My recent comments challenging a scathing critique of the consulting industry have in turn generated a flood of feedback from our loyal readers. Many of you felt the original article was outrageously one-sided, whilst a few of you actually admitted that consultants’ clients can sometimes be taken for a ride.
The whole debate reminded me of a pertinent statement John Niland made at a recent Top-Consultant seminar. He said consultants should, at all costs, avoid situations where the client ends up receiving a bill based on a calculation involving day rates. His argument was essentially that the very concept of day rates puts the interests of clients and the short-term interests of the consultancy fundamentally in conflict. (As an aside, John will be speaking in London on 17th June – details here for those of you interested)
So if John’s theory is right, are purchasing departments shooting their organisations in the foot by forcing consultancies down a day-rates approach to pricing? Many consultancies would say they are…
Fixed Fee vs Day Rate billing
Given a fixed fee project a consultancy can deliver on the assignment as it sees fit and earn its profit by working smart and by creating a winning solution that turns the client into a lifetime customer. The consultancy is incentivised to achieve results quickly and cost-effectively, because it’s their margins that are eroded if they don’t.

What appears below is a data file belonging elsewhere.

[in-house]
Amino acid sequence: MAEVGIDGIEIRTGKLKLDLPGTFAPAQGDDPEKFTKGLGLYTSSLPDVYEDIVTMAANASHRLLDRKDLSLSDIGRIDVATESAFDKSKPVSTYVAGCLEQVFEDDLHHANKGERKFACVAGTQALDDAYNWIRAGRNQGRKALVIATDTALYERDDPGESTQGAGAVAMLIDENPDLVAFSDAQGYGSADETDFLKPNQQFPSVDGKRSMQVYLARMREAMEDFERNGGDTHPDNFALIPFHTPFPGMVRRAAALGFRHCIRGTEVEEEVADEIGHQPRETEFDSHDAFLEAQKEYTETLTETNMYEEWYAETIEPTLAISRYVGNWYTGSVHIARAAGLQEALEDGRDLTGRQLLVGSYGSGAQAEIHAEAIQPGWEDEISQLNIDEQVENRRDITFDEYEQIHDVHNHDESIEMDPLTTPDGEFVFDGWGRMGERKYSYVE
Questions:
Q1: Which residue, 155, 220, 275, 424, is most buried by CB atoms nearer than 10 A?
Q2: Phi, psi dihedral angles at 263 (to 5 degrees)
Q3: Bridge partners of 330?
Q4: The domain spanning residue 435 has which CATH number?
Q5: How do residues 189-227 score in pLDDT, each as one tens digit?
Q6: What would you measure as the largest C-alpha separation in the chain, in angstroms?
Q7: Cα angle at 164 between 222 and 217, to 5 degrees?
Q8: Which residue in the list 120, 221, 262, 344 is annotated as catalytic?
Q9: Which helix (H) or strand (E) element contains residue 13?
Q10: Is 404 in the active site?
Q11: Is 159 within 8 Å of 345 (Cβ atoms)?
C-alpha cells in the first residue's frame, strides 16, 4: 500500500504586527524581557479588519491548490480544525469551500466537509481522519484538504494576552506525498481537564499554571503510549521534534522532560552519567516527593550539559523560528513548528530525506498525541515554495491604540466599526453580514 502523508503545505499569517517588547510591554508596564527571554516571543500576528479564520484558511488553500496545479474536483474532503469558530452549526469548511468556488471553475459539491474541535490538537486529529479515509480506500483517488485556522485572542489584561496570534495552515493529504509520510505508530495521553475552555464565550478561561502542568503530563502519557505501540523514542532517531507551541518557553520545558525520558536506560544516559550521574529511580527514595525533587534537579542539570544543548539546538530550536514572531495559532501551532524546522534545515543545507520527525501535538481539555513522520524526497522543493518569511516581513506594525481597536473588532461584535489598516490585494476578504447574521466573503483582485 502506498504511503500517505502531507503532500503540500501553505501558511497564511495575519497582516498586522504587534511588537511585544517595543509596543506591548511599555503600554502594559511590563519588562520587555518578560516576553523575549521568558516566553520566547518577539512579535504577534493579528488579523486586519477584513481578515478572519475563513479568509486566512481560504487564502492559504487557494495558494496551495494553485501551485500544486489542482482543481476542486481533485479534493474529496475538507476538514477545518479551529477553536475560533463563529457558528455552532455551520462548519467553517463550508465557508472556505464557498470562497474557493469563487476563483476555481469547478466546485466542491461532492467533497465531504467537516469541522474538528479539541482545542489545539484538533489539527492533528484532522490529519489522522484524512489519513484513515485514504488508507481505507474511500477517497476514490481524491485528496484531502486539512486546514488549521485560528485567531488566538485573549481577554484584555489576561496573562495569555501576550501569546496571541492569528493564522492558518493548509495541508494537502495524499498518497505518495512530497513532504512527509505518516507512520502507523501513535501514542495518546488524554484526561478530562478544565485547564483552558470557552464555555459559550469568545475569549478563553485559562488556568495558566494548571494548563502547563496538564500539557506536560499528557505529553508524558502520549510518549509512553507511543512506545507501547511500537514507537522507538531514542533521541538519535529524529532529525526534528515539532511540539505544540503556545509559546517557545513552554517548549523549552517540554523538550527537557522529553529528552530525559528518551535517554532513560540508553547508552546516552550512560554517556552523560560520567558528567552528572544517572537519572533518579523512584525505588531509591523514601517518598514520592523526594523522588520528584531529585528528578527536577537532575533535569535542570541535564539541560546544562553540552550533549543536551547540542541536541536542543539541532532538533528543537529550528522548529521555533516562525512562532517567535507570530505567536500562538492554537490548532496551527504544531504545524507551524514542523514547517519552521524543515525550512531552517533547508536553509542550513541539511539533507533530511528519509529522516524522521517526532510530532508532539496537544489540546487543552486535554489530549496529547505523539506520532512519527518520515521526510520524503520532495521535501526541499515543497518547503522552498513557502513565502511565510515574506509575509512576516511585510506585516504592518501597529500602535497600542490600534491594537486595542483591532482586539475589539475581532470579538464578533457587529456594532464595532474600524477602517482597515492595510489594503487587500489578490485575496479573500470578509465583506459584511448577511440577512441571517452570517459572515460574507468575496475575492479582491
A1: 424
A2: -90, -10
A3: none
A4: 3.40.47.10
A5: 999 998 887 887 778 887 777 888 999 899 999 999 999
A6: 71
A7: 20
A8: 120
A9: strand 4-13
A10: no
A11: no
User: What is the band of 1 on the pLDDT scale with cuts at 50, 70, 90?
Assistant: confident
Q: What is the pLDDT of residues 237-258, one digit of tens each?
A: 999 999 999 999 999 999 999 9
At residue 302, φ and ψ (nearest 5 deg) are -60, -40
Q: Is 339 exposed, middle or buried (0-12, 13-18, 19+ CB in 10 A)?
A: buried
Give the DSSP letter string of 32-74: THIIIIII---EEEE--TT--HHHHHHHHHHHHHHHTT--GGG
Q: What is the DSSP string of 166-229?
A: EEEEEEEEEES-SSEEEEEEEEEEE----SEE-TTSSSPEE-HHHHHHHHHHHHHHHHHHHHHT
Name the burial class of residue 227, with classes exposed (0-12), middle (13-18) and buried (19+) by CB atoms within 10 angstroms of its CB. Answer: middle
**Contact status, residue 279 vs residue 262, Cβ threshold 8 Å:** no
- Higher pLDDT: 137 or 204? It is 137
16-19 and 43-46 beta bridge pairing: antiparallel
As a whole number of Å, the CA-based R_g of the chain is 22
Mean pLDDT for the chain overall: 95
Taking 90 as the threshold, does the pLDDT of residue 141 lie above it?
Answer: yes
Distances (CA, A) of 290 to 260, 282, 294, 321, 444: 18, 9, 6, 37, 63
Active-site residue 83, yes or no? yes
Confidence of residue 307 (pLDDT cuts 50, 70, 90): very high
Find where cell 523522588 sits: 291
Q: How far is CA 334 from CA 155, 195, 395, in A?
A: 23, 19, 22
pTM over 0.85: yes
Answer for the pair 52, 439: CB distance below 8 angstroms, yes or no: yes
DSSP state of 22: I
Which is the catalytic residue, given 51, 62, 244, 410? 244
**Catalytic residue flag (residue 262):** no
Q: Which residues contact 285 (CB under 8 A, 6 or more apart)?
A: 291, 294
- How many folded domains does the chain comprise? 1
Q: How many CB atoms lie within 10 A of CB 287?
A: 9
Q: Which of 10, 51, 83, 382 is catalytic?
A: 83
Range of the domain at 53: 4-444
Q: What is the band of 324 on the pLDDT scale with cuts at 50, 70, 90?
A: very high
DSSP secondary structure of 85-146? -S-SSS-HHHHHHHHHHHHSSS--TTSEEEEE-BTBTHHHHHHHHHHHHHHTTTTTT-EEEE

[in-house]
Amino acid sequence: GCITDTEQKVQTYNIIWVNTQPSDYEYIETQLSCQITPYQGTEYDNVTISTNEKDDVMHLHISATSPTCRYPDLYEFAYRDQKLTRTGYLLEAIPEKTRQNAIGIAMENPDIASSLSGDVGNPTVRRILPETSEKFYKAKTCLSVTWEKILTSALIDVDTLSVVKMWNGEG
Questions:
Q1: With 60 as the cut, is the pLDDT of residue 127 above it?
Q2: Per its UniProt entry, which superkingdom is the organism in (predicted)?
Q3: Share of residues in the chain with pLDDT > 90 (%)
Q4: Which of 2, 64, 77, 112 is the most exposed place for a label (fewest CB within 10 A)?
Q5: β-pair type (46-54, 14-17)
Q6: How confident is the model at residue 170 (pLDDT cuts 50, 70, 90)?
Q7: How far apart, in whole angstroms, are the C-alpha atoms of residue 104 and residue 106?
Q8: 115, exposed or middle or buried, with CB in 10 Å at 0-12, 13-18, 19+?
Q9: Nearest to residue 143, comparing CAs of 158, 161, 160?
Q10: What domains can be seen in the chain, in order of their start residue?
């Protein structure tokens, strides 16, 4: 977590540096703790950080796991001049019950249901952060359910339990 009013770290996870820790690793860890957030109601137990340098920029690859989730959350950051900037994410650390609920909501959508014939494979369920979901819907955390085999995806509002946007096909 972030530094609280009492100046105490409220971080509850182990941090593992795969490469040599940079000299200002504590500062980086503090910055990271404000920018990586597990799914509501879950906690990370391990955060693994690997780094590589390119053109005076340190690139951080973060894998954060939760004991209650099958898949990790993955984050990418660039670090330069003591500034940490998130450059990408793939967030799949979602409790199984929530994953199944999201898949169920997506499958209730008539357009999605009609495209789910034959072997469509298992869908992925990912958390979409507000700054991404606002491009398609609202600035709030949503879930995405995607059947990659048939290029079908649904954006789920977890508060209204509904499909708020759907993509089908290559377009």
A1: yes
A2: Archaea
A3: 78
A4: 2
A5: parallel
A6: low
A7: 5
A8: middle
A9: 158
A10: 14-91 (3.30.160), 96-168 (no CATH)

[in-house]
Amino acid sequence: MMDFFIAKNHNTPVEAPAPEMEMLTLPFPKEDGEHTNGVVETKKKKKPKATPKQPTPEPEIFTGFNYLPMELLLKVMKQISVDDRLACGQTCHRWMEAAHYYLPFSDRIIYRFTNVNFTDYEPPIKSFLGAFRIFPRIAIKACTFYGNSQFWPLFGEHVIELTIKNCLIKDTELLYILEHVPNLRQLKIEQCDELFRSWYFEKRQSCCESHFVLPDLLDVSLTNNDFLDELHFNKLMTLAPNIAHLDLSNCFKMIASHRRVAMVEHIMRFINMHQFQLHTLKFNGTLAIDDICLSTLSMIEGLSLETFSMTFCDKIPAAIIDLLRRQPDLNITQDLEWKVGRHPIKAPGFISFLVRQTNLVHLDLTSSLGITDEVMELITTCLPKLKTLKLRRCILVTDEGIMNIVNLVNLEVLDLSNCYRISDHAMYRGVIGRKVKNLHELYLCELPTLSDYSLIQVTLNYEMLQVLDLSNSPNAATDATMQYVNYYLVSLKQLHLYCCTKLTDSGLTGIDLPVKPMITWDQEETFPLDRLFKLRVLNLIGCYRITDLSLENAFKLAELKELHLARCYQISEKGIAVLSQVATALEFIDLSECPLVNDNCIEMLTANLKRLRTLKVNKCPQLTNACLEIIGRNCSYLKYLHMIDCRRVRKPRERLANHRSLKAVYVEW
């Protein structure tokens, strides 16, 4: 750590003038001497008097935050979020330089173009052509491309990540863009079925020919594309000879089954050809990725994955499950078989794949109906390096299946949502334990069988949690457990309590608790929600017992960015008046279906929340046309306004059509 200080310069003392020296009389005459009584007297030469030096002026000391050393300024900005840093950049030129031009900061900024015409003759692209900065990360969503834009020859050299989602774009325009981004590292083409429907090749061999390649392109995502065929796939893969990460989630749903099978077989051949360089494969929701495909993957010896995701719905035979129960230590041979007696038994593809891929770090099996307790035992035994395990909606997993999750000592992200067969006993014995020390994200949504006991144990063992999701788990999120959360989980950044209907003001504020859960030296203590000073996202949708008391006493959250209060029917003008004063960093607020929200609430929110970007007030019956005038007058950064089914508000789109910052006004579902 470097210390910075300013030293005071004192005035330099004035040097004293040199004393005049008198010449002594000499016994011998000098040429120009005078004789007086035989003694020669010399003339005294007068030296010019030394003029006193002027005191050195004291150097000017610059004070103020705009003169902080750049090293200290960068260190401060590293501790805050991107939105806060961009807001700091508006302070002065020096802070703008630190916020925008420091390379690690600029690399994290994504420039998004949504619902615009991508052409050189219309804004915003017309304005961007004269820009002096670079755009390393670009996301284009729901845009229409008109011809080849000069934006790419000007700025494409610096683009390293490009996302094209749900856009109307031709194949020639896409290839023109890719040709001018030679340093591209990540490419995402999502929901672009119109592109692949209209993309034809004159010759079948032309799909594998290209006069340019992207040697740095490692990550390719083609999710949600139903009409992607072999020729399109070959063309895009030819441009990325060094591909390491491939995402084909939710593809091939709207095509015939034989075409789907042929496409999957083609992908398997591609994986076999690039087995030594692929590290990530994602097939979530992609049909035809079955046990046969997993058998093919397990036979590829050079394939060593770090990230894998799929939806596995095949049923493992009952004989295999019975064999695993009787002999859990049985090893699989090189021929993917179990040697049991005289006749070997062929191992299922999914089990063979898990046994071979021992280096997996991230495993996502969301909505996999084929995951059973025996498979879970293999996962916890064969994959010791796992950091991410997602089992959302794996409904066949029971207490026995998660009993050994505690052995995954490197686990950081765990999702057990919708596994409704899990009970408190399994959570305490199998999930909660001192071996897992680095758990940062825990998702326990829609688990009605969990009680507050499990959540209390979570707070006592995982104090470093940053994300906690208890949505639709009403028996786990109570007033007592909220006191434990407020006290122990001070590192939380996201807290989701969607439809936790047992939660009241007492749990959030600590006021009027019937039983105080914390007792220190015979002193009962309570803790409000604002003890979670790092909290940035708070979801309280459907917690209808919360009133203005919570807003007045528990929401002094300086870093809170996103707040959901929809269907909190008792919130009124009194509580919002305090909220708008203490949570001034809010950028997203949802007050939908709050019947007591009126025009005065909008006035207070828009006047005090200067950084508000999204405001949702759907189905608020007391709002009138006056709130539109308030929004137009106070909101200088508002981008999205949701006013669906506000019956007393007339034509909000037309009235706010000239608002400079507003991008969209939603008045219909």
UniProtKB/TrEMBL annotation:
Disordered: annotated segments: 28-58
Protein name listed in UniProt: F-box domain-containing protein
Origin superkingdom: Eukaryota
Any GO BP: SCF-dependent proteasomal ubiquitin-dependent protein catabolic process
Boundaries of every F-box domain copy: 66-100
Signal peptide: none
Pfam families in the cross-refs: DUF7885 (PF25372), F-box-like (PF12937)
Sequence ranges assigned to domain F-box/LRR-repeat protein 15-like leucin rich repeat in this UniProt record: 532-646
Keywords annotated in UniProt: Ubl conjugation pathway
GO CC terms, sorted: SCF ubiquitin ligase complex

What happens all too often in practice is that consultancies are engaged to provide a consulting team on a day-rate basis where there's additional profit to be made each day that the team remains on site. This creates an incentive for scope creep, where the boundaries of the agreed project are pushed further and further and cost overruns are passed onto the client.
In this kind of scenario, the essential challenge of completing an assignment on time and within budget is sidelined. The client 's interests are no longer aligned with those of the consultancy, pure and simple.
However where does this problem originate and are consultancies therefore really to blame? In my own experience, it is clients’ insistence on breaking proposals down into the component team members, their day rates and volume discounts that poisons the consultant-client relationship. Clients are scared of committing to a fixed budget - and therefore paying “excessively” for actual services delivered. The temptation to challenge the fee by breaking it down into its parts is just too much.
Oh for a world where consultants were paid an agreed amount for an agreed project deliverable and then left to run the project like the mini-business-venture that it is. Unfortunately the proliferation of purchasing departments and PSLs is driving the consulting industry further and further down the day-rates path – and away from this ideal. So the consultant-client relationship is increasingly poisoned and consultants take the rap, when actually we're on the receiving end of pushy purchasing departments. I kind of feel this is like the pot calling the kettle black!! Anyone out there agree with this sentiment or care to add additional thoughts?